02 Nov SGI’s Wisconsin branch builds fastest supercomputer yet in four months
Chippewa Valley, Wis. — Silicon Graphics Inc. built the world’s fastest supercomputer in about 129 days, and it was the company’s Chippewa Falls, Wisconsin, plant that pulled the project together. SGI announced the completion of the $50 million project for NASA last week.
The supercomputer, named Columbia after the space shuttle that crashed last year, runs on SGI’s Altix 3700 systems and 10,240 Intel Itanium 2 processors. Using 16 of its 20 installed Altix systems, the computer can perform a record 42.7 teraflops, or trillion calculations per second. This eclipses the previous efforts of Japan’s Earth Simulator, rated at 35.86 teraflops, and IBM’s Blue Gene/L experiment of 36.01 teraflops.
“The purpose of this machine is to provide the high-end calculations inside NASA for all our divisions and missions,” said William Thigpen, Columbia project manager. “If you look at all the high-end systems out there, this is ten times that.”
Columbia will be applied to the four main divisions of NASA: science, aeronautics, space exploration, and knowledge. The system will help the Return to Flight program to open a window for shuttle missions to resume in 2005. It will also be used to analyze fluid dynamics and air flow in spacecraft and provide a model for earthquakes and severe thunderstorms.
“It’s studying this ball — how it moves and how it evolves,” Thigpen said, “[and] it’s looking to the technology that will go to space.”
Thigpen said that the decision to create the Columbia supercomputer was based on the use of the SGI Altix power node at NASA. Since the node had been so successful, NASA officials contracted SGI to build 19 more for a full system, believing that by adding more components they could efficiently power a full computer network.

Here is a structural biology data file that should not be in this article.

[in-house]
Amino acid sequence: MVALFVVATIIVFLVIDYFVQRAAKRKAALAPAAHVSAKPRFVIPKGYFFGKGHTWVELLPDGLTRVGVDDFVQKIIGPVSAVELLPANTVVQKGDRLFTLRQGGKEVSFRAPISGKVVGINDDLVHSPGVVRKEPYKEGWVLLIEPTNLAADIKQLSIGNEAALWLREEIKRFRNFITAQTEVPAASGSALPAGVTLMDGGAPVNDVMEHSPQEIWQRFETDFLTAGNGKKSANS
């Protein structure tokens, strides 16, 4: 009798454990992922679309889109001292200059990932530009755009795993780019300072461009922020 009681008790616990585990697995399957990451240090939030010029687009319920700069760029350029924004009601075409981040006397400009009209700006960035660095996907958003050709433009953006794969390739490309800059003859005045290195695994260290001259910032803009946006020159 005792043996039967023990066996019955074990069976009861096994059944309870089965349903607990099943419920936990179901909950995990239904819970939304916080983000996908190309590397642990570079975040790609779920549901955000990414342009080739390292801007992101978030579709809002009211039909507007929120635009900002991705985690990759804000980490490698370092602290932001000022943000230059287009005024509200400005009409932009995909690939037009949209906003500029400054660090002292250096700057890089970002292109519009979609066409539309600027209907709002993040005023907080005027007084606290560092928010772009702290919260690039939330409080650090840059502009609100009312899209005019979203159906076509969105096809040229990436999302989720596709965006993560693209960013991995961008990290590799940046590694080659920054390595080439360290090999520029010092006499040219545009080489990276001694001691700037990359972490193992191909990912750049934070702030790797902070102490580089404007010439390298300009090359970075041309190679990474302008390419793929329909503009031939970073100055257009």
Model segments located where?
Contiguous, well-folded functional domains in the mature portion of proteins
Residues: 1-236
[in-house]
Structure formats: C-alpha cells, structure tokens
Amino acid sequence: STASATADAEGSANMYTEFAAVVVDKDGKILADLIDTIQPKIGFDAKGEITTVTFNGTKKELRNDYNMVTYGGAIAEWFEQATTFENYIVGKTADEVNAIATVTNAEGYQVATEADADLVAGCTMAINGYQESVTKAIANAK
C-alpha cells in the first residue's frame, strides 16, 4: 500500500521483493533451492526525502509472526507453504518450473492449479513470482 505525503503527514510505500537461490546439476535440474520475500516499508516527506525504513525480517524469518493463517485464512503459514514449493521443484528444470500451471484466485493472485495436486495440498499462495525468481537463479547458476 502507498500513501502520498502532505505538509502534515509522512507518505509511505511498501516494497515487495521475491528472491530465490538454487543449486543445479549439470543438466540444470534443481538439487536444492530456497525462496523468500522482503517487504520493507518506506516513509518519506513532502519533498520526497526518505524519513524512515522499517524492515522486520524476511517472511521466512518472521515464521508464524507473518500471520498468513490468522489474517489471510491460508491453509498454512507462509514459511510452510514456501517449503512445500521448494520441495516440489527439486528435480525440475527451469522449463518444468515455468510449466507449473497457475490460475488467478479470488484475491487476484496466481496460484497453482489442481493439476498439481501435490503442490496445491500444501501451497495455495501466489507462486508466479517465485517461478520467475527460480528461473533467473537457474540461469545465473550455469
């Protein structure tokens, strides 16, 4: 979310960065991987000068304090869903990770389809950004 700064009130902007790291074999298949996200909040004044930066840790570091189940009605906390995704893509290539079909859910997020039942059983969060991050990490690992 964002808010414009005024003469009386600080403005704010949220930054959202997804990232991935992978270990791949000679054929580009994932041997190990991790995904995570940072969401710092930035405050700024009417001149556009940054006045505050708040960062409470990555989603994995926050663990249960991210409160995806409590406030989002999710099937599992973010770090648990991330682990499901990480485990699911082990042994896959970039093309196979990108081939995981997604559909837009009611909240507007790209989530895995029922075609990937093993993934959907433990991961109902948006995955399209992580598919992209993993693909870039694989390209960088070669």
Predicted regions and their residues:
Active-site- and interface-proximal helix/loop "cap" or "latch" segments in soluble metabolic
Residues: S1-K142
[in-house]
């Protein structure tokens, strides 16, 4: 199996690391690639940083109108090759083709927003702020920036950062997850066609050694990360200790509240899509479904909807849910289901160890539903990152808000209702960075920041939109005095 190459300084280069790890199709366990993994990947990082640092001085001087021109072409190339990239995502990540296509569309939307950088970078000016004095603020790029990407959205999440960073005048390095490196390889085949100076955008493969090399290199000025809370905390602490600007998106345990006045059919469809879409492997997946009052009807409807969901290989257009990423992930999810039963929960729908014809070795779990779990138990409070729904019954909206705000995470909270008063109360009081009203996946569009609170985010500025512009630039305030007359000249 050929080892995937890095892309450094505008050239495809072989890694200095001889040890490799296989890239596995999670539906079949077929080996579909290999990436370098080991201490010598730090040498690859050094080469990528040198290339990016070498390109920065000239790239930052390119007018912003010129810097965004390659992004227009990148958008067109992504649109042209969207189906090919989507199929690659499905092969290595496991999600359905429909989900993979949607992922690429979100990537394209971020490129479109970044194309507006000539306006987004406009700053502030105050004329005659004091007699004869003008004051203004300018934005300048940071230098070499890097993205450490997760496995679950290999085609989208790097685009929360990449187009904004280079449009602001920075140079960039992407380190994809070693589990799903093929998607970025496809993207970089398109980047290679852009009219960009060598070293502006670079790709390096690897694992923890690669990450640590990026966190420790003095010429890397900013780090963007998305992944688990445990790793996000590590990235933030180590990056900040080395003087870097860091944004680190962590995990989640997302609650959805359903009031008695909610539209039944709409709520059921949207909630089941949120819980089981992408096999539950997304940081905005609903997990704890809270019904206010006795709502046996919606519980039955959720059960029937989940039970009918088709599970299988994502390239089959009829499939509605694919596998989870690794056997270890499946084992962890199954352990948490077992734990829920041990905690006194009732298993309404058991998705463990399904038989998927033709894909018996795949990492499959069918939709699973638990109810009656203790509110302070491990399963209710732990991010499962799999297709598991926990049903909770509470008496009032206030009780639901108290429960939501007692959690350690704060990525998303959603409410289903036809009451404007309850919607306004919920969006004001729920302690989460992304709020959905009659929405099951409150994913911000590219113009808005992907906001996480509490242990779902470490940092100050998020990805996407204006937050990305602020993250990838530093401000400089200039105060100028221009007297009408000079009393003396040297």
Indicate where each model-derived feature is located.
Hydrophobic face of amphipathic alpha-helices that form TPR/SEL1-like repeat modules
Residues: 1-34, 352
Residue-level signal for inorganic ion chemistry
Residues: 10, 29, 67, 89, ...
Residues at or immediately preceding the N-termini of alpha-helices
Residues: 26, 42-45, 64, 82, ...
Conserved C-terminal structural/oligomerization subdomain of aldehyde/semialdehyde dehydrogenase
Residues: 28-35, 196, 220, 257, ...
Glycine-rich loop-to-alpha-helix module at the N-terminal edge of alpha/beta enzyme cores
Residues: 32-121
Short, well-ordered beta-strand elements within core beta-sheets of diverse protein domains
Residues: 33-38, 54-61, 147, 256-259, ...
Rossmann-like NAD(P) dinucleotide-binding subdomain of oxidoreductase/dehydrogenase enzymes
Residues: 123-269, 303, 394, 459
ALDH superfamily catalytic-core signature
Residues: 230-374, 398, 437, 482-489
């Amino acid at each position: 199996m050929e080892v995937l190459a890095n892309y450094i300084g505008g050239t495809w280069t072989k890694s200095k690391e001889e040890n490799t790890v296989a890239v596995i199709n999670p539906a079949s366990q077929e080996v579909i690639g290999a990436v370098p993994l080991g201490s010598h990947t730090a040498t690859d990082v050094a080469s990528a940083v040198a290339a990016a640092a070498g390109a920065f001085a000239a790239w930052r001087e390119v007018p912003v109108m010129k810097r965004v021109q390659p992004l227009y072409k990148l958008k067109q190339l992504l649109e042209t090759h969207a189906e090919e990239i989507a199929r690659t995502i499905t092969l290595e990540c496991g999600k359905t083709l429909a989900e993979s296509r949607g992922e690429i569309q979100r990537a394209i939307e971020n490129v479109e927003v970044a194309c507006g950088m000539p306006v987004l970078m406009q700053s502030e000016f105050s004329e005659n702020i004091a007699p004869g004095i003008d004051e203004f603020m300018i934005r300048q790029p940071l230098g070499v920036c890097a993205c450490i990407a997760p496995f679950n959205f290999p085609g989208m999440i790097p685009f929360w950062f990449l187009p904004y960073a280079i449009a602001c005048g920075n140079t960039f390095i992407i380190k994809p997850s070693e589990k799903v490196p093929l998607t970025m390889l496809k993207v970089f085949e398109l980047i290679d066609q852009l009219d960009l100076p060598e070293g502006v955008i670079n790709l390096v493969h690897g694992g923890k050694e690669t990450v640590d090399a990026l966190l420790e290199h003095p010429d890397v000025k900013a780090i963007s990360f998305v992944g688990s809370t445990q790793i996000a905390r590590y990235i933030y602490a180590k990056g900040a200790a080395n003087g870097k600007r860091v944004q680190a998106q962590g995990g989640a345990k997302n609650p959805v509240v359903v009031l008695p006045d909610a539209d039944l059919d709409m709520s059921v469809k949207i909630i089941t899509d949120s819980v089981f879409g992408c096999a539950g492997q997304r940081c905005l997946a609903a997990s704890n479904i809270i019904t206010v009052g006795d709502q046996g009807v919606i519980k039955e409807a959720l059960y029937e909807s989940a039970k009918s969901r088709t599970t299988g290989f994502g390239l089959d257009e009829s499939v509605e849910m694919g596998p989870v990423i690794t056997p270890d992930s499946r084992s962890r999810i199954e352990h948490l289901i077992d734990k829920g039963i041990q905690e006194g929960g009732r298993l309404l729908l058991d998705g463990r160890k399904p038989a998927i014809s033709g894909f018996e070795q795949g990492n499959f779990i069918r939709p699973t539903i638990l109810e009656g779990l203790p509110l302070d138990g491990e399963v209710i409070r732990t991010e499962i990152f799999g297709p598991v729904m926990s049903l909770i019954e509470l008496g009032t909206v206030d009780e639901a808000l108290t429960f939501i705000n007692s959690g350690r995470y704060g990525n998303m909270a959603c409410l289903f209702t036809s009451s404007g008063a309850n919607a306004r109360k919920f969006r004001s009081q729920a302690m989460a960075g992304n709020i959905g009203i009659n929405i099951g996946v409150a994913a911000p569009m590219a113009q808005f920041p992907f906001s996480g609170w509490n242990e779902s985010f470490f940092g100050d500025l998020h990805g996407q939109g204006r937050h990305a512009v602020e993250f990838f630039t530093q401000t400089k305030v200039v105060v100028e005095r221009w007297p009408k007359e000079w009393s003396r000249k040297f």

“We are definitely a prime manufacturing center,” said David Randall, director of manufacturing for SGI’s Chippewa Falls office, the company’s only manufacturing site. “We had the workforce and the technological base to move forward.”
Construction of the computer at Chippewa Falls took approximately 129 days, plus some time to contact suppliers and the main office in Mountain View, California. Four-hundred people participated directly in putting the computer together, half manufacturers and half engineers.
Columbia required 20 Altix Bx2 nodes to handle the 512-processor system, forcing the team to manufacture 19 in a timeframe normally spent on one or two. They also had to develop a specialized power cooling system, including water-cooled doors to keep the nodes from overheating.
“[Bx2] was a project on the drawing board, but engineering wound up pushing it forward for this,” Randall said. “We had to drive up our capacity.”
While the first two nodes were delivered to NASA on June 28, there was a gap of almost a month until the next ones arrived. Large deliveries arrived in late August and late September.
Despite the scope of the project, Thigpen said NASA’s confidence never faded. “It was sort of back-loaded … but in every case, SGI had it up and doing software diagnosis the next day,” he said. “We knew what the potential of the 512-microprocessor [system] was and it has proven well.”
Les Chappell is a staff writer for WTN and can be reached at email@example.com.